• Loewe L (2002) "evolution@home: Experiences with work units that span more than 7 orders of magnitude in computational complexity", 425-431. 2nd International Workshop on Global and Peer-to-Peer Computing on Large Scale Distributed Systems at the 2nd IEEE/ACM International Symposium on Cluster Computing and the Grid (CCGrid2002), 21-24 May, Berlin, Germany, IEEE Computer Society.    PDF | DOI | ConferenceProceedings  
  • A review of global computing in bioinformatics
    • Loewe L (2002) "Global computing for bioinformatics", Briefings in Bioinformatics 3:377-388.   PDF | PubMed | DOI | Journal   
  • Some other articles about evolution@home
    • Loewe L (2008) "Evolution@home: The first global computing system for evolutionary biology", invited chapter in the book "Distributed & Grid Computing - Science Made Transparent for Everyone. Principles, Applications and Supporting Communities" edited by M. Weber, Rechenkraft.net.
    • Loewe L (2005) "Evolution@home: Global computing quantifies evolution due to Muller's ratchet", BMC Bioinformatics 2005, vol. 6, suppl 3, p.18-18.  Published poster abstract. 

 

Biological background

The following work was done to help prepare the science behind new simulation projects of evolution@home:

  • An overview over some of the most challenging questions in population genetics that keep inspiring the science behind evolution@home.
    • Loewe L & Hill, WG (2010) “Introduction: The population genetics of mutations: good, bad and indifferentPhilosophical Transactions of the Royal Society B  365:1153-1167.   DOI   |   Journal abstract   |   Journal issue   
    • Loewe L & Hill, WG; editors (2010) “The population genetics of mutations: good, bad and indifferent”, Philosophical Transactions of the Royal Society B volume 365, issue number 1544, pages 1149-1294, ISSN 0962-8436, ISBN: 978-0-85403-813-8.    Table of contents   |   News item from evolution@home perspecive   |   The print issue can be ordered from:   http://rstb.royalsocietypublishing.org/site/2010/mutations.xhtml   (for a discount enter special code TB 1544 when prompted).   |   Preface and Introduction are free.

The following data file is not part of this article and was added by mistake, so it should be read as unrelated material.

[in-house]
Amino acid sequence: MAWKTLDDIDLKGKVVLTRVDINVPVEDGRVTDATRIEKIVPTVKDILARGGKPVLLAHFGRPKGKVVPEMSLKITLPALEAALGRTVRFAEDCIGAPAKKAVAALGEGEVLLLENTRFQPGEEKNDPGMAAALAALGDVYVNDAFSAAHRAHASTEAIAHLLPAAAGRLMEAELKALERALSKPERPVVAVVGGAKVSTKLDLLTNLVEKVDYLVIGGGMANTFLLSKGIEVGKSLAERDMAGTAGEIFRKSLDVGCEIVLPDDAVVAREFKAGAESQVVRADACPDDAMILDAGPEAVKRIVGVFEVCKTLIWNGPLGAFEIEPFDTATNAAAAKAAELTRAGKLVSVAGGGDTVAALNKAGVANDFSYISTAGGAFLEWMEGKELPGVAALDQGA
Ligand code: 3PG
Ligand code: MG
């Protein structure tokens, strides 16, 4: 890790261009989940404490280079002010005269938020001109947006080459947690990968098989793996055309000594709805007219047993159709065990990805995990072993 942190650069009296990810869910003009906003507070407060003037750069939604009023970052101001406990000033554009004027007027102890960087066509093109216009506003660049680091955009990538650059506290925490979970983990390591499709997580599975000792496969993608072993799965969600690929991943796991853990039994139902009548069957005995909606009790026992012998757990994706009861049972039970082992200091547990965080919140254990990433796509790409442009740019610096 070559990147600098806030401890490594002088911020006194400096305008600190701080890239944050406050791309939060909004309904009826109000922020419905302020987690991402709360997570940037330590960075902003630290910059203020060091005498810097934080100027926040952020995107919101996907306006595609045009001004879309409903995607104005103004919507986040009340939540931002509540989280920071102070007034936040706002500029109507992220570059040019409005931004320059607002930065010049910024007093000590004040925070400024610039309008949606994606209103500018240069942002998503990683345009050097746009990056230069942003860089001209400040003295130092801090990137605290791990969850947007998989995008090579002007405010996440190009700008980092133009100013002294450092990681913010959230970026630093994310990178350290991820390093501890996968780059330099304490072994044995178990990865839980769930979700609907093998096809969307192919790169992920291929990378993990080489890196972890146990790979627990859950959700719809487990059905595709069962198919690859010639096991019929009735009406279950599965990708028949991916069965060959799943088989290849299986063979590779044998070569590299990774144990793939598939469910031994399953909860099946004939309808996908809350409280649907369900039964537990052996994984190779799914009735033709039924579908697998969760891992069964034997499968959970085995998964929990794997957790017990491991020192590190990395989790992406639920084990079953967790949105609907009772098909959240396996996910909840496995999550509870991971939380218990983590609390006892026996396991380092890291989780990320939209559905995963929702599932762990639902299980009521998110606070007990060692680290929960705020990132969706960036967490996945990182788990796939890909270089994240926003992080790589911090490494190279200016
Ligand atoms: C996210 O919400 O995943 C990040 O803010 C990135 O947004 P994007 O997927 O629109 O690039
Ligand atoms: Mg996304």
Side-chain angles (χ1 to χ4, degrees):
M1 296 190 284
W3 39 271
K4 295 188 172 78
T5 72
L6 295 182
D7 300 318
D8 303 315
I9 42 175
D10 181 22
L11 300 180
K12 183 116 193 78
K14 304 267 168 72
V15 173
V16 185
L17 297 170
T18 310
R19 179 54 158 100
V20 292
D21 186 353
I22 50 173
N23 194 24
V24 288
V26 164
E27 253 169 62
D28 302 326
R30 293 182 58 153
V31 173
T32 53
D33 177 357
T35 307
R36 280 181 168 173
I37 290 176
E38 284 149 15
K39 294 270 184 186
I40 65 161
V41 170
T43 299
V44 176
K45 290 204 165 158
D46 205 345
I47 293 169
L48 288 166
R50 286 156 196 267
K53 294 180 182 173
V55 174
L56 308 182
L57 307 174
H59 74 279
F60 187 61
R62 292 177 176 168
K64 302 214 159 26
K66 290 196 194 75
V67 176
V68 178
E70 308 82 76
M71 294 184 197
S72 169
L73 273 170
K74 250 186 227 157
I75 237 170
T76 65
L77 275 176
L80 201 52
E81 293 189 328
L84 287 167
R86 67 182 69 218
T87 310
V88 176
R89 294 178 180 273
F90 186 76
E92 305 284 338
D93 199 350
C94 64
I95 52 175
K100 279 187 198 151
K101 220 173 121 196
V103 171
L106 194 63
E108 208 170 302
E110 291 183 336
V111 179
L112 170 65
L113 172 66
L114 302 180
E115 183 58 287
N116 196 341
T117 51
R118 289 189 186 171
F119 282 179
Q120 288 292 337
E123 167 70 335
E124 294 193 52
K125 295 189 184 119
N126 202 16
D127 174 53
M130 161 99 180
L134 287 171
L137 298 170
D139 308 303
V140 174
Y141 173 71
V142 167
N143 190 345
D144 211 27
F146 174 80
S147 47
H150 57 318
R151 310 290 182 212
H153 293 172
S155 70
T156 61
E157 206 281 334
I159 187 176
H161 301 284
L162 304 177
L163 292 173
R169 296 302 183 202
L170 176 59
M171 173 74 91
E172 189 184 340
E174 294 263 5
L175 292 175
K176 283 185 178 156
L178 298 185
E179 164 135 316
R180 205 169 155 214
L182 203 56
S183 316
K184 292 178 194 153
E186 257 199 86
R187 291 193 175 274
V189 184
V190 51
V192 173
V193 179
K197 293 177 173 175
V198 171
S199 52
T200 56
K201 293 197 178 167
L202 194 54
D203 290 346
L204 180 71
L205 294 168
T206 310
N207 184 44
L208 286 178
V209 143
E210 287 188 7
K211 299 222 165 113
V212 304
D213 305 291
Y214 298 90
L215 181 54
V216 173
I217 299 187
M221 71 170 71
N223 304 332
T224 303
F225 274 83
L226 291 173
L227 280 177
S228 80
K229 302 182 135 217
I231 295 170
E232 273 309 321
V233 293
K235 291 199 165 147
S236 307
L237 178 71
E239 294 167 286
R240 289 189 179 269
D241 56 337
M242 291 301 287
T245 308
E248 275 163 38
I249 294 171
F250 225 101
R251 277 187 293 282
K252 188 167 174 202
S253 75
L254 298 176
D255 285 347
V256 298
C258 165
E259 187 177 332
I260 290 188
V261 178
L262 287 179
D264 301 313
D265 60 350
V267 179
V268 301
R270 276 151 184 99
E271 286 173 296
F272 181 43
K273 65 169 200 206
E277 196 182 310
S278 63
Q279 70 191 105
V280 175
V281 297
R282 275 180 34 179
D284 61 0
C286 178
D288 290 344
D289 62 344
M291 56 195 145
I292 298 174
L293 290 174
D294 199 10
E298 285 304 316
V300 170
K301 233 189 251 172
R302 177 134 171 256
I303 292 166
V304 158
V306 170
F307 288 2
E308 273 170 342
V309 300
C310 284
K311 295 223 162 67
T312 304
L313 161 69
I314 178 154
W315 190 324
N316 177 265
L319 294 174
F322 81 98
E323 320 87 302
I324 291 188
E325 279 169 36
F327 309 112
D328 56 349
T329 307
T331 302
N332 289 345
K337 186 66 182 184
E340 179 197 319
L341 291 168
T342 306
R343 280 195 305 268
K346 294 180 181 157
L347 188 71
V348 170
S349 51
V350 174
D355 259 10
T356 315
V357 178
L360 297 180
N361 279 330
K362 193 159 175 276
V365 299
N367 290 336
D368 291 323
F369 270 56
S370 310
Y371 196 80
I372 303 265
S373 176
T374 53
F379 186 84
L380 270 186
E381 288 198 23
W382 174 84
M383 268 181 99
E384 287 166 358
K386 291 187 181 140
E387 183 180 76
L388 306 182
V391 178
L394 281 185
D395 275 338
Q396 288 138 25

This collection of papers by influential scientists highlights many of the challenges that we face when trying to understand the evolution of life with a special view on mutations. This is an excellent collection of papers for understanding the complex scientific questions that inspire the work behind evolution@home. Mostly written for reasonably informed professional biologists or experts, some of it can be challenging to understand for others. This issue is dedicated to Brian Charlesworth on the occasion of his 65th birthday for his many contributions to population genetics.
  • A framework for investigating various questions related to evolution.
    Loewe L (2009) "A framework for evolutionary systems biology", BMC Systems Biology 3:27.   PubMed  |  DOI  |  Journal 
  • Inferring the distribution of mutational effects on fitness
    A new population genetics method: PDF - Comparing distributions: PDF - New approach using systems biology PDF
    • Loewe L & Hillston J (2008) "The distribution of mutational effects on fitness in a simple circadian clock", Proceedings of the 6th Conference on Computational Methods in Systems Biology 11-15 Oct 2008 Rostock, Germany, CMSB08, published in: Lecture Notes in Bioinformatics 5307:156-175.   PDF  |  DOI  
    • Loewe L & Charlesworth B (2006) "Inferring the distribution of mutational effects on fitness in Drosophila", Biology Letters 2:426-430.   PDF | ISI | PubMed | DOI | Journal   
    • Loewe L & Charlesworth B, Bartolomé C & Nöel V (2006) "Estimating selection on non-synonymous mutations", Genetics 172:1079-1092.   PDF | ISI | PubMed | DOI | Journal | Poster 
  • Background selection within genes
    • Loewe L & Charlesworth B (2007) "Background selection in single genes may explain patterns of codon bias", Genetics 175:1381-1393.   PDF | PubMed | DOI | Journal  
  • Here is an experiments that raises questions about how bacteria survive under stress. To understand what this means for antibiotics resistance evolution will require many simulations.
    • Loewe L, Textor V & Scherer S (2003) "High deleterious genomic mutation rate in stationary phase of Escherichia coli", Science 302:1558-1560.   PDF-core | PDF-collect | ISI | PubMed | DOI | Journal   Response to a comment:  Science 304:518-518.   PDF | ISI | DOI | Journal